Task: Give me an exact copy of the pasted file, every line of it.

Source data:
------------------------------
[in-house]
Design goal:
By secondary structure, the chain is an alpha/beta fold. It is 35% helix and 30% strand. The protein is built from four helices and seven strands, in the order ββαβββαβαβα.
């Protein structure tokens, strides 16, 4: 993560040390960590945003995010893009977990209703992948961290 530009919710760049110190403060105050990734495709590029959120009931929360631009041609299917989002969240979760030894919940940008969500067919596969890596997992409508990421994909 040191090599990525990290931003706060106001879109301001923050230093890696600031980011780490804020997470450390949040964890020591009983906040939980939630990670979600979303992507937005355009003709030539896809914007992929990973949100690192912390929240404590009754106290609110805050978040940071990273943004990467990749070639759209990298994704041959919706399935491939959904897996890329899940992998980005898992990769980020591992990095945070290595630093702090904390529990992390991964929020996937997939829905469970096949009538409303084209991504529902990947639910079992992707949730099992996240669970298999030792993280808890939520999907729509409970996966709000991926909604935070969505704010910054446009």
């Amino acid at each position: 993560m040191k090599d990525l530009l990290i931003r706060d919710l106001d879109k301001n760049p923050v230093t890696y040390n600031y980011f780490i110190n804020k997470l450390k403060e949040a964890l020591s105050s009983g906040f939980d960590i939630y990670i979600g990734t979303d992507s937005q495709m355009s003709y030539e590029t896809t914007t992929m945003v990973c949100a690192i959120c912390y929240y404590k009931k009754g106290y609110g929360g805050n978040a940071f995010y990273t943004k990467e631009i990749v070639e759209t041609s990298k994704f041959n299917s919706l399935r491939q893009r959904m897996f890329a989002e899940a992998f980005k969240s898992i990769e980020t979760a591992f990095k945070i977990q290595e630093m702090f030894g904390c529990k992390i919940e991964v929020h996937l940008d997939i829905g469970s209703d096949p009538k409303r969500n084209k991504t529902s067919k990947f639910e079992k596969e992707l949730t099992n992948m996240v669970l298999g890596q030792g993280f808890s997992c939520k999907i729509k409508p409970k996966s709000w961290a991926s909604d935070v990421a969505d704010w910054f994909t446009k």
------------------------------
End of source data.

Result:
[in-house]
Design goal:
By secondary structure, the chain is an alpha/beta fold. It is 35% helix and 30% strand. The protein is built from four helices and seven strands, in the order ββαβββαβαβα.
């Protein structure tokens, strides 16, 4: 993560040390960590945003995010893009977990209703992948961290 530009919710760049110190403060105050990734495709590029959120009931929360631009041609299917989002969240979760030894919940940008969500067919596969890596997992409508990421994909 040191090599990525990290931003706060106001879109301001923050230093890696600031980011780490804020997470450390949040964890020591009983906040939980939630990670979600979303992507937005355009003709030539896809914007992929990973949100690192912390929240404590009754106290609110805050978040940071990273943004990467990749070639759209990298994704041959919706399935491939959904897996890329899940992998980005898992990769980020591992990095945070290595630093702090904390529990992390991964929020996937997939829905469970096949009538409303084209991504529902990947639910079992992707949730099992996240669970298999030792993280808890939520999907729509409970996966709000991926909604935070969505704010910054446009």
């Amino acid at each position: 993560m040191k090599d990525l530009l990290i931003r706060d919710l106001d879109k301001n760049p923050v230093t890696y040390n600031y980011f780490i110190n804020k997470l450390k403060e949040a964890l020591s105050s009983g906040f939980d960590i939630y990670i979600g990734t979303d992507s937005q495709m355009s003709y030539e590029t896809t914007t992929m945003v990973c949100a690192i959120c912390y929240y404590k009931k009754g106290y609110g929360g805050n978040a940071f995010y990273t943004k990467e631009i990749v070639e759209t041609s990298k994704f041959n299917s919706l399935r491939q893009r959904m897996f890329a989002e899940a992998f980005k969240s898992i990769e980020t979760a591992f990095k945070i977990q290595e630093m702090f030894g904390c529990k992390i919940e991964v929020h996937l940008d997939i829905g469970s209703d096949p009538k409303r969500n084209k991504t529902s067919k990947f639910e079992k596969e992707l949730t099992n992948m996240v669970l298999g890596q030792g993280f808890s997992c939520k999907i729509k409508p409970k996966s709000w961290a991926s909604d935070v990421a969505d704010w910054f994909t446009k």